'Whose Streets?' Director Sabaah Folayan: 'Democracy Has to Be Protected at All Times'

PARK CITY, UT - JANUARY 19: Director Sabaah Folayan attends the "Whose Streets?" Premiere on day 1 of the  2017 Sundance Film Festival at Prospector Square on January 19, 2017 in Park City, Utah.  (Photo by Jerod Harris/Getty Images for Sundance Film Festival)

'Whose Streets?' Director Sabaah Folayan: 'Democracy Has to Be Protected at All Times'

The new doc on Ferguson is in theaters now.

Published August 15, 2017

Written by Clay Cane

Sabaah Folayan is using art as activism in the dynamic new documentary Whose Streets?, which chronicles the 2014 uprising in Ferguson, Missouri. Raw, powerful and insightful, the film offers an insider perspective from the activists. Directed by Folayan and Damon Davis, we get to know a collective of young people who are demanding change and willing to pay the price. Brittany Ferrell, Alexis Templeton, Tef Poe and many more become humanized beyond cable news clips in the riveting film. 

We had to know more about this up-and-coming filmmaker Sabbah Folayan. In our one-on-one interview, we go deep about the film, hear critiques of President Barack Obama and discover the most revolutionary way to present love.

Why was now the time to tell the story?

When I went to Ferguson, I was immediately struck by what was being said on the news and what I was seeing in the street. I felt like the issue was emblematic of so many other issues that we’re facing in our country and for the story to be getting told so wrong. I felt like somebody needed to set the record straight.

In Ferguson, there has been a rightful mistrust of the media. So, was it hard to get people on board?

Yes and no. We definitely had to be really careful in terms of how we maneuver and how we built trust, but I think we had a certain type of consistency after people saw us night after night. Not just standing in the police line in the little media circle that they kind of pinned off, but actually coming and sitting side by side with the protesters. I think after a while people just started to trust our motivation.

There is a powerful moment of lesbian couple, who are also activists, getting married. As a filmmaker, why was it important for you to show that?

When we say that we’re fighting for our lives, and when we say that this movement is rooted in love, I think people don’t really believe that. A lot of people think that there’s just this unfounded anger we have with history or that we’re hung up on slavery or we’re mad because we’re Black. I think that showing the depth and the extent of the love that was wrapped in all of this is really important, to even mention who people were and showing the world that this is really people who were fighting because they wanted what was best for the people they cared about. Also, we talked about how we’re going to deal with homophobia, and I’ve personally felt like the best thing to do was to present their love and their relationship without apology and without explanations. We wanted to say, "What does it look like if we just took this love for granted and model it?" We should be able to accept and embrace love in whatever form that it comes in.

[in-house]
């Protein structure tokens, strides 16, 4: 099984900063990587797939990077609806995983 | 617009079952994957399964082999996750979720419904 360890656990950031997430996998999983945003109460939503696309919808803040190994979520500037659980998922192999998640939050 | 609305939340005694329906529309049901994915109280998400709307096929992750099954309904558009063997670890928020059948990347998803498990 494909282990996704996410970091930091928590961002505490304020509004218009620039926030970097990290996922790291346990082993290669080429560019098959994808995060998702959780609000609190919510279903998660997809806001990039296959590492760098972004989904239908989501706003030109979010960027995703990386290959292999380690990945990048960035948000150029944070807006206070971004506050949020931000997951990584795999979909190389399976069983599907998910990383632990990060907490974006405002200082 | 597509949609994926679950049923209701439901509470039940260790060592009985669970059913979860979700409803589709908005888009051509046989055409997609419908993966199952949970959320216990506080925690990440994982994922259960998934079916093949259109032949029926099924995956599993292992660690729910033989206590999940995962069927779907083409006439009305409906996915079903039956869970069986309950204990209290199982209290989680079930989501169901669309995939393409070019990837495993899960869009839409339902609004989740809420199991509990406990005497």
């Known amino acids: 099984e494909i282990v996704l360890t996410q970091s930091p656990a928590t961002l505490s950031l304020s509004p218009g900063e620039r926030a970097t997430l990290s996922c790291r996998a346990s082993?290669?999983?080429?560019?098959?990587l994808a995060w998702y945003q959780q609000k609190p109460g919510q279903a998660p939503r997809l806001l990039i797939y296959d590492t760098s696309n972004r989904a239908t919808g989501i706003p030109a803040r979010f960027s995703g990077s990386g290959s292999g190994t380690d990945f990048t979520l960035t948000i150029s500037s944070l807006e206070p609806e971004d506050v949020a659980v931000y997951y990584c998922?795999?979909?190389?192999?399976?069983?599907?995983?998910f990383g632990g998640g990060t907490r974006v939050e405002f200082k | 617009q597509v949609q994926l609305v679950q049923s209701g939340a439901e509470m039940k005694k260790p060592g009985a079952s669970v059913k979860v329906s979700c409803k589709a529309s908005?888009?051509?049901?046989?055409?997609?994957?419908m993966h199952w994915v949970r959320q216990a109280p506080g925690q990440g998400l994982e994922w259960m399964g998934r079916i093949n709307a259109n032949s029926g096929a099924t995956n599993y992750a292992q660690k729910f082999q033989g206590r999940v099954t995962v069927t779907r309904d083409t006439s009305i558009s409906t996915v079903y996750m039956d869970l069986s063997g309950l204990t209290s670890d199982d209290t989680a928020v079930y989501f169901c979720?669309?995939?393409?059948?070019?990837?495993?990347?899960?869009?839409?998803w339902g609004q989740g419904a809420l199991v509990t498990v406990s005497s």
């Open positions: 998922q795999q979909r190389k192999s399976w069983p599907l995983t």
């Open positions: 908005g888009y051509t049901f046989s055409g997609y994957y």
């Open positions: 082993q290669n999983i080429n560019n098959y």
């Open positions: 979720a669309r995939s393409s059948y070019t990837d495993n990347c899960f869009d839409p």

There were some critiques of President Obama in the film. Do you feel like Obama didn’t do enough stop police brutality?

No, I don’t think that he did enough and I have yet to see a President who has done enough. It’s like it’s taboo to admit that Black lives are important. We have never had any real attempt to rectify a very quantifiable wrong. It’s taboo to talk about the idea that maybe our lives matter or maybe there’s something deeply systemically wrong. He absolutely didn’t do enough and it was clear. I think, by some of his comments, when he said, “Trayvon could’ve been my son,” he probably understood, but he was an American president, and that was the thing that we’re trying to convey. I'm not saying that Barack Obama owed us more because he’s Black, but that this office and this structure and this system, regardless of who’s wearing the uniform, is going to continue to uphold the status quo.

If a young person is watching Whose Streets? 30 years from now, what do you want that person to get from it?

I hope it looks like a foreign reality to them. I hope it looks like something impossible and deeply unfamiliar. I hope that they can look back on it and be grateful for the people who fought and were vigilant and know that democracy is something that has to be protected and participated in at all times, we have a responsibility to participate. I really pray that this looks very unfamiliar to them.

Whose Streets? is in theaters now.

(Photo: Jerod Harris/Getty Images for Sundance Film Festival)


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